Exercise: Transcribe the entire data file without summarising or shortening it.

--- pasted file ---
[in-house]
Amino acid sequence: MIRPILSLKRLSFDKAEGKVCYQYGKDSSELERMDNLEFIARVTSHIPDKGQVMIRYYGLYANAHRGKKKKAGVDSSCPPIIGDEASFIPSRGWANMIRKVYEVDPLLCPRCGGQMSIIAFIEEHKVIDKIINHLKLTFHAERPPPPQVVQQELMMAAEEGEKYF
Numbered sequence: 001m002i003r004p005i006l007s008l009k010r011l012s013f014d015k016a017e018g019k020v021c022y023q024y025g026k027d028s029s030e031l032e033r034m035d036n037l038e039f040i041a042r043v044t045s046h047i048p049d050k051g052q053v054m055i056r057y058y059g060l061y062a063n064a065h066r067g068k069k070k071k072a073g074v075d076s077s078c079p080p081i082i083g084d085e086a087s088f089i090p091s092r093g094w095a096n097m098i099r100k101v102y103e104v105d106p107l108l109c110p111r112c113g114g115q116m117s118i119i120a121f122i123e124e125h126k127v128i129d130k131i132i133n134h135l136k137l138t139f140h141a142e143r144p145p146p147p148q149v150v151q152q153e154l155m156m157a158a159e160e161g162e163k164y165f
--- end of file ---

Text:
[in-house]
Amino acid sequence: MIRPILSLKRLSFDKAEGKVCYQYGKDSSELERMDNLEFIARVTSHIPDKGQVMIRYYGLYANAHRGKKKKAGVDSSCPPIIGDEASFIPSRGWANMIRKVYEVDPLLCPRCGGQMSIIAFIEEHKVIDKIINHLKLTFHAERPPPPQVVQQELMMAAEEGEKYF
Numbered sequence: 001m002i003r004p005i006l007s008l009k010r011l012s013f014d015k016a017e018g019k020v021c022y023q024y025g026k027d028s029s030e031l032e033r034m035d036n037l038e039f040i041a042r043v044t045s046h047i048p049d050k051g052q053v054m055i056r057y058y059g060l061y062a063n064a065h066r067g068k069k070k071k072a073g074v075d076s077s078c079p080p081i082i083g084d085e086a087s088f089i090p091s092r093g094w095a096n097m098i099r100k101v102y103e104v105d106p107l108l109c110p111r112c113g114g115q116m117s118i119i120a121f122i123e124e125h126k127v128i129d130k131i132i133n134h135l136k137l138t139f140h141a142e143r144p145p146p147p148q149v150v151q152q153e154l155m156m157a158a159e160e161g162e163k164y165f